Arguably, the most important component of a website is content. However, quality presentation of the content, good overall design, and good technical operation are also essential components of a good website. We examine all of these components during our review. The specific elements are listed below.
Your site will win an Ultraweb Award if it meets the basic rules and achieves an 80% score. The required score for each level is as follows.
*The Level 3 and Level 4 Awards are World's Top Awards.
First, second, and lasting impression: "You can only make a first impression once" may be a cliché, but it is a fact of life on the Web. If you want people to look at your entire site, be sure to develop quality pages throughout. A compelling and relevant introductory page can significantly add to your site's overall impression.
Quality, consistency, and professionalism: Whether your site is a commercial site or a personal homepage, the more professional your site appears, the higher it will score. Strive to maintain a consistent look and feel throughout your site, especially within single sections. And remember to pay attention to the details.
Character: We especially appreciate sites that exhibit unique qualities. You don't have to reinvent the wheel, but you should put your own character into your site.
Original work/original research: Whether your site is commercial or personal in nature, it will do well in this sub-category if it displays high quality original thinking and original graphic work. Topics are limited only by your imagination. Note, however, that our judges award few points in this category to sites including little or nothing more than portfolios of personal or professional work and descriptions of services provided.
Subject matter: Your site should contain more than links to other sites, and it should be more than an "infomercial" with a lot of hype and little substance. Is your site interesting, entertaining, fun, educational, informative, funny, artistic, resourceful, creative, or poetic? Does your subject matter tempt people to return to your site over and over again? Do you present your subject matter in an entertaining as well as informative manner?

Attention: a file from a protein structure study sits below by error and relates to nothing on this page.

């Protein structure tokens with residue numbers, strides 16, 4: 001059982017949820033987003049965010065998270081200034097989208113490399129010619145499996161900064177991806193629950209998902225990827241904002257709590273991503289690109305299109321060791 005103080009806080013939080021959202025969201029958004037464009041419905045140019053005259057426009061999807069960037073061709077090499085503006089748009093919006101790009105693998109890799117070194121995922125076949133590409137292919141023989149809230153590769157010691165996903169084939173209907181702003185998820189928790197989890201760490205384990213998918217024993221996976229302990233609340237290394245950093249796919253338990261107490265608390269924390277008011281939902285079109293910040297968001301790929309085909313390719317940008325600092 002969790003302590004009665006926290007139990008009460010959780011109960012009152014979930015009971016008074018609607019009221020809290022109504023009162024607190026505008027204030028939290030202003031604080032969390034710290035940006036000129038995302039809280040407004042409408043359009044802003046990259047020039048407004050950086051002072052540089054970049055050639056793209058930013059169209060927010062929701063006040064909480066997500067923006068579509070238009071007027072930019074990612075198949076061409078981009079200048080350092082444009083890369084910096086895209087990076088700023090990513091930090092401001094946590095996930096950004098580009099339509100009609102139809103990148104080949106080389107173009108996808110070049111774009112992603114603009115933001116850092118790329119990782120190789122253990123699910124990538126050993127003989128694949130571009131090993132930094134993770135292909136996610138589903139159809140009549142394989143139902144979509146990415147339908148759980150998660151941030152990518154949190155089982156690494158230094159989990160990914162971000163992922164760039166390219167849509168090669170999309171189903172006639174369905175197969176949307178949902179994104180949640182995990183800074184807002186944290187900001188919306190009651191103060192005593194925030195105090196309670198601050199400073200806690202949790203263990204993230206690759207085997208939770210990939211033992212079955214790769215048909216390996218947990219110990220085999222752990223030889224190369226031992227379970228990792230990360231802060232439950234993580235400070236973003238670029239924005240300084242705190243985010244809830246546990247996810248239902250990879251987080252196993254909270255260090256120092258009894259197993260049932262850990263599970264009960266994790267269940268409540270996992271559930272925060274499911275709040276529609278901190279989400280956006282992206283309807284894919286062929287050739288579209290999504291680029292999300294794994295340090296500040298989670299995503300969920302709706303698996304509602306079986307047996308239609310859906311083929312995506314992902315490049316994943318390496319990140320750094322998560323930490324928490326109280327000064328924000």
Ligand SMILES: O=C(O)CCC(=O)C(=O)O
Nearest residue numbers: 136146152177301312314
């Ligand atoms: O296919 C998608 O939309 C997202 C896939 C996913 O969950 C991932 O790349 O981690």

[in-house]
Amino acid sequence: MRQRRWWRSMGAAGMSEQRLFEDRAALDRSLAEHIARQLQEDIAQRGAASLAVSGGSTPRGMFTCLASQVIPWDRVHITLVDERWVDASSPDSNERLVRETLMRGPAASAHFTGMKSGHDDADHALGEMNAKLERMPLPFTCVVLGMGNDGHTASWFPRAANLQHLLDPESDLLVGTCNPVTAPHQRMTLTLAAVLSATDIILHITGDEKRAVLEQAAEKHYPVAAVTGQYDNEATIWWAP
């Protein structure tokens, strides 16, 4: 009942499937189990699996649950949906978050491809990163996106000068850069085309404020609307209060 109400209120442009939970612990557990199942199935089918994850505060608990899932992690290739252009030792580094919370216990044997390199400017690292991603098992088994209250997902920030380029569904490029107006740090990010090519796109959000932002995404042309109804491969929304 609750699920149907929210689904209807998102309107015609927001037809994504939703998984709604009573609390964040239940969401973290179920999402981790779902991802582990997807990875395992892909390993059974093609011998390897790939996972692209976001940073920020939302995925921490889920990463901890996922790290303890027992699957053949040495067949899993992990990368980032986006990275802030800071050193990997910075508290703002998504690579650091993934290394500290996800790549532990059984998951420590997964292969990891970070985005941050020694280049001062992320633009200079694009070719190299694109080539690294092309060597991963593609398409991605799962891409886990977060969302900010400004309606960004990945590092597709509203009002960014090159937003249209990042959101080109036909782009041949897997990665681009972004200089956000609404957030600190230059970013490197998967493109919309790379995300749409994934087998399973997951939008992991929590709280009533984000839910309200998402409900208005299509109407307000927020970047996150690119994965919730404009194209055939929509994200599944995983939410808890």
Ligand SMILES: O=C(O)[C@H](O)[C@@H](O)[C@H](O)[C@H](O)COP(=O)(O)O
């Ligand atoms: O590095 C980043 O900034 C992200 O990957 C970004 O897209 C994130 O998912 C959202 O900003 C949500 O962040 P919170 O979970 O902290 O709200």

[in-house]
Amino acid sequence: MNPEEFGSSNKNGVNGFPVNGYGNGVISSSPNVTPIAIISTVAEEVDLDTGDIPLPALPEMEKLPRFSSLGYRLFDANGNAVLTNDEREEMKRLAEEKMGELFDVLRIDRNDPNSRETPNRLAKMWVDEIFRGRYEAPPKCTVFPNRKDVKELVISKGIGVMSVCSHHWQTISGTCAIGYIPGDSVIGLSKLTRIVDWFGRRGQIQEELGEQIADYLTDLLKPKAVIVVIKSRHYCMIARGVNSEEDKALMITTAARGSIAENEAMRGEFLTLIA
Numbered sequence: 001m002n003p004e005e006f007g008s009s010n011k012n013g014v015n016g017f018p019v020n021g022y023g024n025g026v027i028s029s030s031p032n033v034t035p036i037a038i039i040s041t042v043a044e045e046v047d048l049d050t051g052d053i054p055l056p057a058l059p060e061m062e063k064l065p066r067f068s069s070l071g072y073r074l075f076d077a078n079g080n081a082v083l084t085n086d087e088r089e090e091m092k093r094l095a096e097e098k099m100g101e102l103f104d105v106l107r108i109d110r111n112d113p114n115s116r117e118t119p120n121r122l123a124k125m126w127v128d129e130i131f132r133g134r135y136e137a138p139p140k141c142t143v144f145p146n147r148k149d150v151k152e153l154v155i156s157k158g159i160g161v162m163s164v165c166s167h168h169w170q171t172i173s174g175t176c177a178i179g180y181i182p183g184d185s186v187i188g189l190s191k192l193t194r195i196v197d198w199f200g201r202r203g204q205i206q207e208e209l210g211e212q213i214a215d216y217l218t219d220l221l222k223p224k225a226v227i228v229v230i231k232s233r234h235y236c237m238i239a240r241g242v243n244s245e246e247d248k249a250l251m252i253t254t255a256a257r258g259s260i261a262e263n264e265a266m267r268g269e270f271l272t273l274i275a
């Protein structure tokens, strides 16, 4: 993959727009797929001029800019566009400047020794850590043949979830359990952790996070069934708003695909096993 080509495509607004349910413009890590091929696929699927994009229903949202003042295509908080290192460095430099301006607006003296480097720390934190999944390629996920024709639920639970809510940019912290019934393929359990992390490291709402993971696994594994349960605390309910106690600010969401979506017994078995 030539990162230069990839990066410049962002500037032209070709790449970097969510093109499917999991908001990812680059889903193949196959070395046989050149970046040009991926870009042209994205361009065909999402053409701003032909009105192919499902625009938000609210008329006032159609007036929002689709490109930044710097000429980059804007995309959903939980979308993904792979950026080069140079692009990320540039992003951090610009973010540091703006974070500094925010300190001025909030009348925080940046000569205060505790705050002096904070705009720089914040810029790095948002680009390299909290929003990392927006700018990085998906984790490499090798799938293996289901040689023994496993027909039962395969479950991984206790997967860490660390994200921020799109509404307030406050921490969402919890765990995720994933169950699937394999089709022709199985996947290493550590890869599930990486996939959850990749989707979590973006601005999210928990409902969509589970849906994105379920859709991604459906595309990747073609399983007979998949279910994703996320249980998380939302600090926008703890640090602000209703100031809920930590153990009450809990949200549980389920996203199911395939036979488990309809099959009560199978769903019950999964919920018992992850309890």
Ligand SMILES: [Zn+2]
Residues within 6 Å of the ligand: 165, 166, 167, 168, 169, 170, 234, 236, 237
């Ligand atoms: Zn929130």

Amount: Your site does not have to exceed a particular number of pages. However, it needs to contain the essential information required to get your message across to your target audience plus additional relevant and valuable content that would be worth coming back to view over and over again.
Completeness: The majority of each section of your site should be complete and thorough.
Interactivity: Visitors enjoy active participation. Active participation comes in many forms. For example, one website we reviewed encourages you to submit a line of poetry to help create a new poem with other people. Keep people active and you will keep them at your site longer and keep them coming back.
Grammar, spelling, writing style: Good writing is a foundation for effective communication on the Web. You will lose points for bad grammar and spelling mistakes.
Sound: Music and sound effects, which are popular on Flash sites, can be interesting, lively, and fun. However, short repeating sound loops quickly become tiresome. If you add music to your site, consider using original full-length music.
Links: Your links may enhance or reduce the quality of your site. Your links should relate to your subject matter and reflect the good quality of your site. Your links should not contain illegal, pornographic, racist, profane, or hateful content.
Keeping current: Updating your site keeps it fresh and interesting. Even if you don't have a professional staff to update your site 40 hours a week, you can still add something new each week or each month that will make people want to return.
Individuality: Hundreds of thousands of webmasters use cookie-cutter templates and navigation scripts for ordinary personal and business sites. Top webmasters design sites that reflect the unique content and purpose of the sites they develop. Are you a trend setter or just a trendy follower?